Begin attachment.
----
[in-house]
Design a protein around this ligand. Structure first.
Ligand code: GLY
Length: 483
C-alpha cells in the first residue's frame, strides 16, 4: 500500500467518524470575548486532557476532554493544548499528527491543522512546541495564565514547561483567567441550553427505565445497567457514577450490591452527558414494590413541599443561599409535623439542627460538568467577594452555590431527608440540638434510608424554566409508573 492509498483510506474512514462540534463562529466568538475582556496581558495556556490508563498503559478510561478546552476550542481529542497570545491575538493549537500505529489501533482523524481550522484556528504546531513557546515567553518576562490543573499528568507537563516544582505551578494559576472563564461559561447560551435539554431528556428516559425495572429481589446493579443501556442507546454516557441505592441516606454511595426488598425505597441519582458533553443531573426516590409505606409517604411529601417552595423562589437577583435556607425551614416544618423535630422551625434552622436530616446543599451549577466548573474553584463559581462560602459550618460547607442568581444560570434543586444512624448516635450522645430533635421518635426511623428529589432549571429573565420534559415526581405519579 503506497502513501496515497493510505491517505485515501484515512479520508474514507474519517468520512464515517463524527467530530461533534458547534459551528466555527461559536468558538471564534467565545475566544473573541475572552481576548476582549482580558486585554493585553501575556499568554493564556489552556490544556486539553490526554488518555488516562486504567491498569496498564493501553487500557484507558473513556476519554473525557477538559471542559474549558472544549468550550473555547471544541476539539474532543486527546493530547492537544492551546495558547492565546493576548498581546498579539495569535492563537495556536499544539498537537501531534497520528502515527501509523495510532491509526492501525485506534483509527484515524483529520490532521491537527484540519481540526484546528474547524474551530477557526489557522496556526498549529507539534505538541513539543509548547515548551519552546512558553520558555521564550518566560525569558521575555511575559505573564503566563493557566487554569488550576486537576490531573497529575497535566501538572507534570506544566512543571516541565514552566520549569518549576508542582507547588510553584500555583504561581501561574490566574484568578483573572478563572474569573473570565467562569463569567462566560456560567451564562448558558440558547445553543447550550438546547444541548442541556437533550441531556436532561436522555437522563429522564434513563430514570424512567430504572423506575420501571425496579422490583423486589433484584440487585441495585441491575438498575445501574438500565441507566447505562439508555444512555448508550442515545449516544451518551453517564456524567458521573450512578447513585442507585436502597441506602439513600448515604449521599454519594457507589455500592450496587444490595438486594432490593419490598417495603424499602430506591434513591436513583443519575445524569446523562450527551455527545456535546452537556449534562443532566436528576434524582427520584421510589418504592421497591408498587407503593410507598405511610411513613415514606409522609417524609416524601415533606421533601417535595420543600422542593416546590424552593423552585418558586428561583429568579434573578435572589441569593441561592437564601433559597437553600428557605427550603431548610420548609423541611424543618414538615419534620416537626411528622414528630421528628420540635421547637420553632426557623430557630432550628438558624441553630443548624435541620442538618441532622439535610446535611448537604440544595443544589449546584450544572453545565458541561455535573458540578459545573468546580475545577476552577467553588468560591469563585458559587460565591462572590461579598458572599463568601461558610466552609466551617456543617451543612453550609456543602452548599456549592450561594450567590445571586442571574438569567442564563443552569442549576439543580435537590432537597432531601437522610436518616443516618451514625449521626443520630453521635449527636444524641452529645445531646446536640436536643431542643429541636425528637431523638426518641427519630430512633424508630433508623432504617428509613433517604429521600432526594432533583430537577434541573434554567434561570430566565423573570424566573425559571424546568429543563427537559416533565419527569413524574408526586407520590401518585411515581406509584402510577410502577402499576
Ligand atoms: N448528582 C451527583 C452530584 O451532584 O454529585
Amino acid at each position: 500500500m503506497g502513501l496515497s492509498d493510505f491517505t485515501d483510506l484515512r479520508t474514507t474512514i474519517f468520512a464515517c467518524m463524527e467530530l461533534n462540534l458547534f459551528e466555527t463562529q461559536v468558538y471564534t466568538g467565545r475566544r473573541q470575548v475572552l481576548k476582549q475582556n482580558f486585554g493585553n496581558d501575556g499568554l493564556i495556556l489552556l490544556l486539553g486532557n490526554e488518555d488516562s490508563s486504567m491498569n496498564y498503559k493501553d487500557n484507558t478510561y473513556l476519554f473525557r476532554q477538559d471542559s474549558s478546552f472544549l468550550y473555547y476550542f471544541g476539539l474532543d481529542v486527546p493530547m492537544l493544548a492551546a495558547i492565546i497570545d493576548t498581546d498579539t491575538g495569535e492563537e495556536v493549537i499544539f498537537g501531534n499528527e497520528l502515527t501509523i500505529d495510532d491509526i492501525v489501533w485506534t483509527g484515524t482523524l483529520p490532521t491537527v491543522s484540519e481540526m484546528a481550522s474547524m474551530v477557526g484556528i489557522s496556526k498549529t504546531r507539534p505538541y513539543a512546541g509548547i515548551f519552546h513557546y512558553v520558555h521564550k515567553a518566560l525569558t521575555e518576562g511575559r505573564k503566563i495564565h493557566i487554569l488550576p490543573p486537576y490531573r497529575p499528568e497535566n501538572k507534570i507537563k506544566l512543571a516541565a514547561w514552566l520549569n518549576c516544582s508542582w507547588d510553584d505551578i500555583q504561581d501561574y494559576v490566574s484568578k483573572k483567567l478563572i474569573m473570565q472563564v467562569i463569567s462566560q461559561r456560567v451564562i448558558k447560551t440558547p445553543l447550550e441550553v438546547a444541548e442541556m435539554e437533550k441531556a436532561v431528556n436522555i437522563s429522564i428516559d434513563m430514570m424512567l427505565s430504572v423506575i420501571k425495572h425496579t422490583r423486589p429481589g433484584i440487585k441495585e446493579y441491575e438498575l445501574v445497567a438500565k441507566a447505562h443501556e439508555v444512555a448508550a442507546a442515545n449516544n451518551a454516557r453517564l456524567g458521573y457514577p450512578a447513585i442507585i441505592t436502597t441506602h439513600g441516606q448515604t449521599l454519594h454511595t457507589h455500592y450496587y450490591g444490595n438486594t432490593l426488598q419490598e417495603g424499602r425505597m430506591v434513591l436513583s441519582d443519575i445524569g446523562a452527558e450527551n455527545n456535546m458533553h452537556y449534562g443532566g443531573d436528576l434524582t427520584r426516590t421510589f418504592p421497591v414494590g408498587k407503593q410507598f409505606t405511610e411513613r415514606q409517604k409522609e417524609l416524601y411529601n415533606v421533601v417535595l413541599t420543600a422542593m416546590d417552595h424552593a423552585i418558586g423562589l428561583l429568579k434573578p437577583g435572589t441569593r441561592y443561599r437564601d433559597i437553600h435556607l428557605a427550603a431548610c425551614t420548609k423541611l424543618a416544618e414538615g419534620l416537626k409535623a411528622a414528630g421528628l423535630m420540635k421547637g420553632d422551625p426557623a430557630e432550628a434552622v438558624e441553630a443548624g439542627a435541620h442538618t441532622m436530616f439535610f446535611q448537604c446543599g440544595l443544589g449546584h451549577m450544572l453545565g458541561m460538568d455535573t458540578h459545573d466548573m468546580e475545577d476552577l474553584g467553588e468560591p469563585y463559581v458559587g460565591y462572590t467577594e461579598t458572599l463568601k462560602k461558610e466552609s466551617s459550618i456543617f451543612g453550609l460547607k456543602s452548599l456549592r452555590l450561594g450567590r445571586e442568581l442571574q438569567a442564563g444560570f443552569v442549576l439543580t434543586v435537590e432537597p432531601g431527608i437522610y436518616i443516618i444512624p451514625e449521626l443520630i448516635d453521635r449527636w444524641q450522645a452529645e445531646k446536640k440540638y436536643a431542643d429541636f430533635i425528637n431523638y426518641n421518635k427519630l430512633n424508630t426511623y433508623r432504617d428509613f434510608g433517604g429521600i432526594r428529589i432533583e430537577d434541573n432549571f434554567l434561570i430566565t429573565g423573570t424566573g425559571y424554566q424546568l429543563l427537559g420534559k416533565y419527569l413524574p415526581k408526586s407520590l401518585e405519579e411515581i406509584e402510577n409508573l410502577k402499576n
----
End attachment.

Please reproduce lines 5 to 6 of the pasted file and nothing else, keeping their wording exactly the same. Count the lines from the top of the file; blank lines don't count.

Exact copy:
C-alpha cells in the first residue's frame, strides 16, 4: 500500500467518524470575548486532557476532554493544548499528527491543522512546541495564565514547561483567567441550553427505565445497567457514577450490591452527558414494590413541599443561599409535623439542627460538568467577594452555590431527608440540638434510608424554566409508573 492509498483510506474512514462540534463562529466568538475582556496581558495556556490508563498503559478510561478546552476550542481529542497570545491575538493549537500505529489501533482523524481550522484556528504546531513557546515567553518576562490543573499528568507537563516544582505551578494559576472563564461559561447560551435539554431528556428516559425495572429481589446493579443501556442507546454516557441505592441516606454511595426488598425505597441519582458533553443531573426516590409505606409517604411529601417552595423562589437577583435556607425551614416544618423535630422551625434552622436530616446543599451549577466548573474553584463559581462560602459550618460547607442568581444560570434543586444512624448516635450522645430533635421518635426511623428529589432549571429573565420534559415526581405519579 503506497502513501496515497493510505491517505485515501484515512479520508474514507474519517468520512464515517463524527467530530461533534458547534459551528466555527461559536468558538471564534467565545475566544473573541475572552481576548476582549482580558486585554493585553501575556499568554493564556489552556490544556486539553490526554488518555488516562486504567491498569496498564493501553487500557484507558473513556476519554473525557477538559471542559474549558472544549468550550473555547471544541476539539474532543486527546493530547492537544492551546495558547492565546493576548498581546498579539495569535492563537495556536499544539498537537501531534497520528502515527501509523495510532491509526492501525485506534483509527484515524483529520490532521491537527484540519481540526484546528474547524474551530477557526489557522496556526498549529507539534505538541513539543509548547515548551519552546512558553520558555521564550518566560525569558521575555511575559505573564503566563493557566487554569488550576486537576490531573497529575497535566501538572507534570506544566512543571516541565514552566520549569518549576508542582507547588510553584500555583504561581501561574490566574484568578483573572478563572474569573473570565467562569463569567462566560456560567451564562448558558440558547445553543447550550438546547444541548442541556437533550441531556436532561436522555437522563429522564434513563430514570424512567430504572423506575420501571425496579422490583423486589433484584440487585441495585441491575438498575445501574438500565441507566447505562439508555444512555448508550442515545449516544451518551453517564456524567458521573450512578447513585442507585436502597441506602439513600448515604449521599454519594457507589455500592450496587444490595438486594432490593419490598417495603424499602430506591434513591436513583443519575445524569446523562450527551455527545456535546452537556449534562443532566436528576434524582427520584421510589418504592421497591408498587407503593410507598405511610411513613415514606409522609417524609416524601415533606421533601417535595420543600422542593416546590424552593423552585418558586428561583429568579434573578435572589441569593441561592437564601433559597437553600428557605427550603431548610420548609423541611424543618414538615419534620416537626411528622414528630421528628420540635421547637420553632426557623430557630432550628438558624441553630443548624435541620442538618441532622439535610446535611448537604440544595443544589449546584450544572453545565458541561455535573458540578459545573468546580475545577476552577467553588468560591469563585458559587460565591462572590461579598458572599463568601461558610466552609466551617456543617451543612453550609456543602452548599456549592450561594450567590445571586442571574438569567442564563443552569442549576439543580435537590432537597432531601437522610436518616443516618451514625449521626443520630453521635449527636444524641452529645445531646446536640436536643431542643429541636425528637431523638426518641427519630430512633424508630433508623432504617428509613433517604429521600432526594432533583430537577434541573434554567434561570430566565423573570424566573425559571424546568429543563427537559416533565419527569413524574408526586407520590401518585411515581406509584402510577410502577402499576
Ligand atoms: N448528582 C451527583 C452530584 O451532584 O454529585